Gold for Tonga in women’s shot put
Some heavy evening rain showers weren’t enough to throw off Tonga’s Ata Maama Tuutafaiva, who won gold in the women’s shot put competition at Apia Park Stadium on Monday with a toss of 16.61 metres.
The silver medal was awarded to Nuuausala Sia Tuilefano of American Samoa, throwing 13.12m, and bronze went to Tahiti’s Vaihina Doucet, who threw 12.63m.
“I was nervous to come to the ring, but I did my best,” a thrilled Tuutafaiva told the Pacific Games News Service. “It was my first time to win a gold medal. I’m so happy.”
If she was nervous, it was barely visible. In fact, each time Tuutafaiva threw in competition, she increased her distance anywhere between 41cm and 1.65m, eventually ending on her gold medal-winning toss of 16.61m.
Tonga’s Ata Maama Tuutafaiva won gold in the women's shot put, throwing more than 3 metres further than the competition (Credit: Pacific Games News Service)
The current Pacific Games women’s shot put record, held by Tonga’s Ana Po’uhila and set in 2005, is 16.92m. Tuutafaiva, at just 20 years old, is out to break that record. “This is my first gold medal, but my target is to break the record of my countrywoman,” Tuutafaiva said excitedly.
Tuutafaiva also won bronze in women’s shot put at the Port Moresby 2015 XV Pacific Games with a throw of 13.03m. Her gold-medal winning throw at Samoa 2019 bettered that mark by more than 3.5 metres.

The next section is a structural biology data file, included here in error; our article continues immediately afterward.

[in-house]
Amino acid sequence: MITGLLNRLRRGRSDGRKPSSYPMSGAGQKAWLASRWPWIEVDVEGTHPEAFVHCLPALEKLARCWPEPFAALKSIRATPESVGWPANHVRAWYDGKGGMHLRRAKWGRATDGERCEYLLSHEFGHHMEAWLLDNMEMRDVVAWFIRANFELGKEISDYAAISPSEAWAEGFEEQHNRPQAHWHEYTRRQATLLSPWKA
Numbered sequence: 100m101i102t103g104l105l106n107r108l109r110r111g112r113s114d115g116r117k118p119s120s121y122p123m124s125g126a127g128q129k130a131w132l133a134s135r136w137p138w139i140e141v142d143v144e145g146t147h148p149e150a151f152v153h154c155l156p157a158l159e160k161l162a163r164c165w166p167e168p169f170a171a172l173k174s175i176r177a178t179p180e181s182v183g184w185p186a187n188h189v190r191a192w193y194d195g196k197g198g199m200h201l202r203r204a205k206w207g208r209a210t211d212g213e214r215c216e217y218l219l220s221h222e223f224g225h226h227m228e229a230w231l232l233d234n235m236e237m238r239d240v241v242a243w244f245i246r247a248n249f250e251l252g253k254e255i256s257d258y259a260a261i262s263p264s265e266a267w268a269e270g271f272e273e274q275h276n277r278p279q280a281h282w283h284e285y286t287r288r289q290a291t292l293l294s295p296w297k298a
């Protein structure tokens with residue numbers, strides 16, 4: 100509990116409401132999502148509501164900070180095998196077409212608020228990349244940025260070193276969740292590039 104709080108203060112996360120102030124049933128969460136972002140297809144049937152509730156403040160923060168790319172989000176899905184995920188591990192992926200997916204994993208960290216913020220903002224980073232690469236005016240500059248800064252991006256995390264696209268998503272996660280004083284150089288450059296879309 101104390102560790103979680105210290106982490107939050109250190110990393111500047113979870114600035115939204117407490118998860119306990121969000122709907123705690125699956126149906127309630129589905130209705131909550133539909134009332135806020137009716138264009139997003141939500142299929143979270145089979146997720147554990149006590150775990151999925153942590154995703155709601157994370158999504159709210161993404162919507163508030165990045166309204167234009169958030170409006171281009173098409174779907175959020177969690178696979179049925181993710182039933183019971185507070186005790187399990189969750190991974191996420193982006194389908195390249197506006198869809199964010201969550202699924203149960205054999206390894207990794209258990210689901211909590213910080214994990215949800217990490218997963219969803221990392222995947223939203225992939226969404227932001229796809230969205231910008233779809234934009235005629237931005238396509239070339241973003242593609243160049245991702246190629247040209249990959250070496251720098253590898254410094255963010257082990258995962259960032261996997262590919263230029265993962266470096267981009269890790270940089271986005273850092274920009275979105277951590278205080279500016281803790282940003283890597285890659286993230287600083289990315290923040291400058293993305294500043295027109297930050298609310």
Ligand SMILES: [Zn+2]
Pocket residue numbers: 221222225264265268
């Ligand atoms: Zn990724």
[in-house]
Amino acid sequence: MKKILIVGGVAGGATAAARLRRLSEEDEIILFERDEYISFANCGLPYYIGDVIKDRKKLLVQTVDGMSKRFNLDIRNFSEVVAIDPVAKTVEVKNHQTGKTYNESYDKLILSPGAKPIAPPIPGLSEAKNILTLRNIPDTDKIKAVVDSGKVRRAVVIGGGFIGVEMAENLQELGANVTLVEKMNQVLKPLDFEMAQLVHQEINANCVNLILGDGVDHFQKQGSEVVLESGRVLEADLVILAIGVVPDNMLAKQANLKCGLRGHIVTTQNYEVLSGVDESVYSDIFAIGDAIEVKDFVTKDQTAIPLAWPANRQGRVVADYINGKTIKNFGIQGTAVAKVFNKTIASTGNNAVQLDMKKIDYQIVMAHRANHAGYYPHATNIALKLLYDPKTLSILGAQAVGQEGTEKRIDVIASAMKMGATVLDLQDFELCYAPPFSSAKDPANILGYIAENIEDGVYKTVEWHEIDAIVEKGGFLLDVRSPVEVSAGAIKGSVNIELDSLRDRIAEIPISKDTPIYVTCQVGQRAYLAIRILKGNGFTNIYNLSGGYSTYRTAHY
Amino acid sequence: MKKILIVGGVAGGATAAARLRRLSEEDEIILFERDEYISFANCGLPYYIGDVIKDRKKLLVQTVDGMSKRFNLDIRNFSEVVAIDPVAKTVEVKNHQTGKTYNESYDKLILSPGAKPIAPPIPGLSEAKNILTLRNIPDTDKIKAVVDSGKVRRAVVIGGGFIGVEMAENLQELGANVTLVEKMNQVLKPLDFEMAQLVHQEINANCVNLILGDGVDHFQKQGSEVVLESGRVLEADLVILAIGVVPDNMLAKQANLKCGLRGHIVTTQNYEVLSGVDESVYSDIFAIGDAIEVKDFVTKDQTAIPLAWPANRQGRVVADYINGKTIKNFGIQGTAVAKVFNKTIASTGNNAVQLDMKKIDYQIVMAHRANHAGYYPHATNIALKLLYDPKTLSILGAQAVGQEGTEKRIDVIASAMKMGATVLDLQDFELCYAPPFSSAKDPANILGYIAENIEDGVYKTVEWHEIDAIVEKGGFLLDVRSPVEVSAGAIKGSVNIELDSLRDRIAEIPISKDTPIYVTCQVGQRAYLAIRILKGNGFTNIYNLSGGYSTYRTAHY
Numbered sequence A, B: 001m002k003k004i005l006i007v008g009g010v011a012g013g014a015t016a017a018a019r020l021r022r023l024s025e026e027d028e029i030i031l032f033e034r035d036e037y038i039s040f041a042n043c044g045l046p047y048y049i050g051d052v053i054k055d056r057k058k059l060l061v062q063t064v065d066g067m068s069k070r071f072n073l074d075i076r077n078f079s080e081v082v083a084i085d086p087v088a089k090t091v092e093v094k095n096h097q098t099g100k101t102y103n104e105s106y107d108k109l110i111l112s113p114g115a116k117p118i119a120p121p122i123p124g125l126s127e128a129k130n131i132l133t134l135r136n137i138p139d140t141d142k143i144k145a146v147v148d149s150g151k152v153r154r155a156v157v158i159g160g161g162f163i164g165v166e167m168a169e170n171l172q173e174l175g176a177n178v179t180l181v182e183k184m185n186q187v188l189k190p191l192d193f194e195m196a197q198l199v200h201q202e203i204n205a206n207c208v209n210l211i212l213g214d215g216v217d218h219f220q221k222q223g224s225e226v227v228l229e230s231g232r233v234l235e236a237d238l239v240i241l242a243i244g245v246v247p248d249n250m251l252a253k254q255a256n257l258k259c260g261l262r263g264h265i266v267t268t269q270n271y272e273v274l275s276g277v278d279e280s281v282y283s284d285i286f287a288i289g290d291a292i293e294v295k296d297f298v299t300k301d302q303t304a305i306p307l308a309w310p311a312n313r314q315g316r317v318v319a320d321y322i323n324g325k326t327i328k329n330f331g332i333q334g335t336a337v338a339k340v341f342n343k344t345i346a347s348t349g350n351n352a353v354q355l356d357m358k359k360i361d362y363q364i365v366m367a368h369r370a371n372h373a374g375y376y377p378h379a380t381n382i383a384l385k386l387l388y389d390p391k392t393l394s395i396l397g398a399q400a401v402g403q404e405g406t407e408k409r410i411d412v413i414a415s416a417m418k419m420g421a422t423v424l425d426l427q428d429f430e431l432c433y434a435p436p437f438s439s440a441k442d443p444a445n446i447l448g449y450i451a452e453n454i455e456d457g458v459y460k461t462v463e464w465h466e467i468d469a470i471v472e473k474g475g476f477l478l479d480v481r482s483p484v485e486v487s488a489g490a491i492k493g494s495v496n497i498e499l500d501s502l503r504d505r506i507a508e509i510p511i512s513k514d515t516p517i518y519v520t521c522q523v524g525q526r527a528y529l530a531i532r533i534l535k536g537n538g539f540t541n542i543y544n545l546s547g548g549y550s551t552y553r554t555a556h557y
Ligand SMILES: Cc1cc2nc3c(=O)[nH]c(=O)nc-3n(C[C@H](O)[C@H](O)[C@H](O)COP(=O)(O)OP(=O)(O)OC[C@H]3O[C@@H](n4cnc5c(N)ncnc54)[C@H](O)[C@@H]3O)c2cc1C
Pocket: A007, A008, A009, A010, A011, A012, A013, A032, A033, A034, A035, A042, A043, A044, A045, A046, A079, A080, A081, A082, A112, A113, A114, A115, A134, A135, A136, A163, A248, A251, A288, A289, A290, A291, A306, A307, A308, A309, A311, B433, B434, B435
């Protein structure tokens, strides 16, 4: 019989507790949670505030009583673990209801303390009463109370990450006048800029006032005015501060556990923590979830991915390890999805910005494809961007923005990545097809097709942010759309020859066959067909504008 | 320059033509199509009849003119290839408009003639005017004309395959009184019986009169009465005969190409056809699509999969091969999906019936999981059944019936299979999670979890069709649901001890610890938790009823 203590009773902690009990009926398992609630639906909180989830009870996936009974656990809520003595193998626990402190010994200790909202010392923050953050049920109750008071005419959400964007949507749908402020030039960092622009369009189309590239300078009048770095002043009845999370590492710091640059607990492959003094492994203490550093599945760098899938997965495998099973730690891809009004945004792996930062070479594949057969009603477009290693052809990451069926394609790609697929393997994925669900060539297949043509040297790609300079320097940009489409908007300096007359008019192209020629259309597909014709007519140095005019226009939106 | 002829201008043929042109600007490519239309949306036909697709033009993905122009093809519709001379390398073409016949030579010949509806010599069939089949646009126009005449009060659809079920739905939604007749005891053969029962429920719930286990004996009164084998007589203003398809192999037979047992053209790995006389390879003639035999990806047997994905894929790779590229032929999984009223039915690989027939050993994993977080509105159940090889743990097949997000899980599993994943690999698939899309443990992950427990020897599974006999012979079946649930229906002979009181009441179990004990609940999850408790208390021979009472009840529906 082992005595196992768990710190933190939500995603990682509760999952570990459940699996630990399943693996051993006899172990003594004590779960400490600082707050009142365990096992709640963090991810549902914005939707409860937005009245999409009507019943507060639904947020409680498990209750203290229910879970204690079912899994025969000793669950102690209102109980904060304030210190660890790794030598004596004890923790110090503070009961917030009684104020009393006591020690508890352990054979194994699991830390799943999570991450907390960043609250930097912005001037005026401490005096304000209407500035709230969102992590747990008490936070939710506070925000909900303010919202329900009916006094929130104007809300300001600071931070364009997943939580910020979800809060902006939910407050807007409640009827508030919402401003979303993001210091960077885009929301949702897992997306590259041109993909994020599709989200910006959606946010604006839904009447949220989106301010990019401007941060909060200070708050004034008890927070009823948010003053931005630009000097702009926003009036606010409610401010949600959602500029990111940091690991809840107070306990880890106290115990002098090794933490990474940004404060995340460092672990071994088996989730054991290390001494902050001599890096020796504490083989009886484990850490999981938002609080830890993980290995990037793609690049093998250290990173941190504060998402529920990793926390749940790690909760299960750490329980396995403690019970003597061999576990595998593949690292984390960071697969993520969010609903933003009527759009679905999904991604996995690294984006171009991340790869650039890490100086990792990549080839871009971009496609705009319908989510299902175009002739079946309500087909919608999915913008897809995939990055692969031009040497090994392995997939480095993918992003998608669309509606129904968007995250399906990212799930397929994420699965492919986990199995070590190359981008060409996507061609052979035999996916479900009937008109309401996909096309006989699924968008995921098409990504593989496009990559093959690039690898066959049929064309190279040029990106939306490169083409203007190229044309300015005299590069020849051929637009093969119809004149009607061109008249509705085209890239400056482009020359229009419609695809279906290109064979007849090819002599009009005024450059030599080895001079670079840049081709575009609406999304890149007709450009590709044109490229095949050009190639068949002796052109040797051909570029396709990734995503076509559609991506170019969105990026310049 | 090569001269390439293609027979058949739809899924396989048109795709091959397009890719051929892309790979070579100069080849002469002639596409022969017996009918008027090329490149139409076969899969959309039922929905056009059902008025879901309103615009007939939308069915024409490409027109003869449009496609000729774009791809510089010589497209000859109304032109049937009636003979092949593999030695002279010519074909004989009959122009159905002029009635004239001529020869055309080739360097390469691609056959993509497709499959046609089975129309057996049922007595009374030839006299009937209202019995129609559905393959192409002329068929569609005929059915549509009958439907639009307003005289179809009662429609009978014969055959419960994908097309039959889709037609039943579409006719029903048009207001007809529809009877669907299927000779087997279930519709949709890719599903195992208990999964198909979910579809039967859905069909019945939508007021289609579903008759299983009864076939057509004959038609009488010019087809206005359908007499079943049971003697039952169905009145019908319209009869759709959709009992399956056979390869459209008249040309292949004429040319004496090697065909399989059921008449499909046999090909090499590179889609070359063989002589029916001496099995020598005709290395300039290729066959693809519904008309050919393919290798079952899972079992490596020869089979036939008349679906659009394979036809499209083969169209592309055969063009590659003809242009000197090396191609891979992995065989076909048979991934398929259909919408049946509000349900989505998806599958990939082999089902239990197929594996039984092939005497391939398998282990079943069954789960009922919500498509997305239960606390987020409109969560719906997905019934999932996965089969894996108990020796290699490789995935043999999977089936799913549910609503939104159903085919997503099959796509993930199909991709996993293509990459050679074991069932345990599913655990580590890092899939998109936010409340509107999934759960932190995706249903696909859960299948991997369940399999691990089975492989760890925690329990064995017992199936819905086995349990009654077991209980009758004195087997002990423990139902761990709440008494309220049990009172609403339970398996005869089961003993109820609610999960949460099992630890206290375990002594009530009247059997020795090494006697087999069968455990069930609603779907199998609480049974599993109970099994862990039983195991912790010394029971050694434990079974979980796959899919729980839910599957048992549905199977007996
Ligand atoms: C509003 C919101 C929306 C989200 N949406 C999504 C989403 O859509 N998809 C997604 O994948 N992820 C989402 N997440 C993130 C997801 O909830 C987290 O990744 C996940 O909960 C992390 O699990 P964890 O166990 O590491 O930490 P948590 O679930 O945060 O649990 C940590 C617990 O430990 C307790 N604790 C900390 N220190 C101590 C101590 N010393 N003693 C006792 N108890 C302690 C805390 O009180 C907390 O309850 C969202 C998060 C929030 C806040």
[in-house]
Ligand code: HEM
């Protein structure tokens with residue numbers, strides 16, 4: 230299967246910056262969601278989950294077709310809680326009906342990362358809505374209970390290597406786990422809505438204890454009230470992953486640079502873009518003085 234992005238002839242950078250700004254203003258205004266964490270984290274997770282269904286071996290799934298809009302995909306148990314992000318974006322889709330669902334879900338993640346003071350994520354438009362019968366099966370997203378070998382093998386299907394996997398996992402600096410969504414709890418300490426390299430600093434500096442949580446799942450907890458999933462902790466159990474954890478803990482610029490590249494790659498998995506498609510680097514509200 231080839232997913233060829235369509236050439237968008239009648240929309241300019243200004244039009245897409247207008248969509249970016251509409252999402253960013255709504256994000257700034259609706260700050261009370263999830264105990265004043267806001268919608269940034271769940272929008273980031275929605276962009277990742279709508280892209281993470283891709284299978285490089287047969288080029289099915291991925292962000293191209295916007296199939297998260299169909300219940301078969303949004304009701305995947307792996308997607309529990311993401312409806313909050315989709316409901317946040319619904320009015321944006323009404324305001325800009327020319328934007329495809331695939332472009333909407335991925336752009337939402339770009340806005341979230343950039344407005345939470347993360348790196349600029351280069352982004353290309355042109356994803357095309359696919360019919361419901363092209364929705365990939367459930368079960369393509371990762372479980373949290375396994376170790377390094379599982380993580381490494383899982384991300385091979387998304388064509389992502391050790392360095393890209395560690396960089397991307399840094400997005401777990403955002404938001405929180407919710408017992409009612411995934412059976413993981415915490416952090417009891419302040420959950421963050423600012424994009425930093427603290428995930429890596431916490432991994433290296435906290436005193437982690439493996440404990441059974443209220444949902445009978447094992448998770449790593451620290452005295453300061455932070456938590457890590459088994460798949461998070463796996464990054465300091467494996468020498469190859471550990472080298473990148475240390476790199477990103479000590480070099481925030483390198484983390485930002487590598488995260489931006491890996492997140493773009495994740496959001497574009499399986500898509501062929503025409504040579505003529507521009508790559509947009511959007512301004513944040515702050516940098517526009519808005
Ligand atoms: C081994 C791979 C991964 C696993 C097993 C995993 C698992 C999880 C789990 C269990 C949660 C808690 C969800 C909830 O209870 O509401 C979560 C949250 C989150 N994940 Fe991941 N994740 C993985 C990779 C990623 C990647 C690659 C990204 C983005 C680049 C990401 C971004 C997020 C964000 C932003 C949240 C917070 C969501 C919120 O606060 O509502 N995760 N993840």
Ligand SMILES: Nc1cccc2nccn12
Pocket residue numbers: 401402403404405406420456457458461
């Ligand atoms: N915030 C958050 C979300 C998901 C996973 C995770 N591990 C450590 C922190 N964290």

“Training is hard in Tonga, I can’t compete in a ring, so this is my ring,” Tuutafaiva said as she pointed to Apia Park Stadium’s shot put circle. Regardless of the difficulties she faces in training, Tuutafaiva remains faithful. “Thank you to God, who gives me the power.”
Despite heavy rain, the competitors maintained good spirits throughout the evening and embraced each other warmly when the competition had finished.
Nine different Pacific nations were represented by the 14 women who competed: Tonga, American Samoa, Tahiti, Cook Islands, New Caledonia, Guam, Samoa, Vanuatu, and Nauru.
Athletics resumes at Apia Park Stadium on Tuesday 16 July at 9.30am with women’s javelin. Entry is $5 and free for children under 15.